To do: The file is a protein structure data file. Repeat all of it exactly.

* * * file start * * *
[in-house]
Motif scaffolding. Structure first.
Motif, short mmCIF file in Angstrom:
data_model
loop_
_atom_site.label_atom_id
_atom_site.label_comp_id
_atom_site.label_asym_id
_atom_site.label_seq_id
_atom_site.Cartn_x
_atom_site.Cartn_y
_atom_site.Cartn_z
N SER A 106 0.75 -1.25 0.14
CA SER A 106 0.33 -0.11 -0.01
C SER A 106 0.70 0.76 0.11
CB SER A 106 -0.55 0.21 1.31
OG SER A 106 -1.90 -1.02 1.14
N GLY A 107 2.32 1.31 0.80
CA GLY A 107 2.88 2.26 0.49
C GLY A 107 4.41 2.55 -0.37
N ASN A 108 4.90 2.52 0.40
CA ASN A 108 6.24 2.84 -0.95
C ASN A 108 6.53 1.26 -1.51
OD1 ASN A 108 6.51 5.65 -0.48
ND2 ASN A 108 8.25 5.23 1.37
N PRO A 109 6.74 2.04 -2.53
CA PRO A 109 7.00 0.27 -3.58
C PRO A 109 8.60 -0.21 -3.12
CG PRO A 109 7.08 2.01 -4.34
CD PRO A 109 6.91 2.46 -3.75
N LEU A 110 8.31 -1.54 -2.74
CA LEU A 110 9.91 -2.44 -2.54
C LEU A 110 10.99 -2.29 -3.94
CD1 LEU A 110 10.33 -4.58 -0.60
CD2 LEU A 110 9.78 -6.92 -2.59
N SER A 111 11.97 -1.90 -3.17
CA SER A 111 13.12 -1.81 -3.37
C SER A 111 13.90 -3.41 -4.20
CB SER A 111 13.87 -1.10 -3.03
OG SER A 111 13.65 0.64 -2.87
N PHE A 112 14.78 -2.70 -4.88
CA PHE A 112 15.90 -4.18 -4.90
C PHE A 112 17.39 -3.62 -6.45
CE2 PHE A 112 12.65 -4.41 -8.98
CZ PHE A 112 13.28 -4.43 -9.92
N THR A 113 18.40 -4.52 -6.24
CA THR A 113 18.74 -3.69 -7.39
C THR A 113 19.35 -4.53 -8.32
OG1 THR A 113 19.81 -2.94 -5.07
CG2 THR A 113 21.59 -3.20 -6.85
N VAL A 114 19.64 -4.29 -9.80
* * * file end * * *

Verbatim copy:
[in-house]
Motif scaffolding. Structure first.
Motif, short mmCIF file in Angstrom:
data_model
loop_
_atom_site.label_atom_id
_atom_site.label_comp_id
_atom_site.label_asym_id
_atom_site.label_seq_id
_atom_site.Cartn_x
_atom_site.Cartn_y
_atom_site.Cartn_z
N SER A 106 0.75 -1.25 0.14
CA SER A 106 0.33 -0.11 -0.01
C SER A 106 0.70 0.76 0.11
CB SER A 106 -0.55 0.21 1.31
OG SER A 106 -1.90 -1.02 1.14
N GLY A 107 2.32 1.31 0.80
CA GLY A 107 2.88 2.26 0.49
C GLY A 107 4.41 2.55 -0.37
N ASN A 108 4.90 2.52 0.40
CA ASN A 108 6.24 2.84 -0.95
C ASN A 108 6.53 1.26 -1.51
OD1 ASN A 108 6.51 5.65 -0.48
ND2 ASN A 108 8.25 5.23 1.37
N PRO A 109 6.74 2.04 -2.53
CA PRO A 109 7.00 0.27 -3.58
C PRO A 109 8.60 -0.21 -3.12
CG PRO A 109 7.08 2.01 -4.34
CD PRO A 109 6.91 2.46 -3.75
N LEU A 110 8.31 -1.54 -2.74
CA LEU A 110 9.91 -2.44 -2.54
C LEU A 110 10.99 -2.29 -3.94
CD1 LEU A 110 10.33 -4.58 -0.60
CD2 LEU A 110 9.78 -6.92 -2.59
N SER A 111 11.97 -1.90 -3.17
CA SER A 111 13.12 -1.81 -3.37
C SER A 111 13.90 -3.41 -4.20
CB SER A 111 13.87 -1.10 -3.03
OG SER A 111 13.65 0.64 -2.87
N PHE A 112 14.78 -2.70 -4.88
CA PHE A 112 15.90 -4.18 -4.90
C PHE A 112 17.39 -3.62 -6.45
CE2 PHE A 112 12.65 -4.41 -8.98
CZ PHE A 112 13.28 -4.43 -9.92
N THR A 113 18.40 -4.52 -6.24
CA THR A 113 18.74 -3.69 -7.39
C THR A 113 19.35 -4.53 -8.32
OG1 THR A 113 19.81 -2.94 -5.07
CG2 THR A 113 21.59 -3.20 -6.85
N VAL A 114 19.64 -4.29 -9.80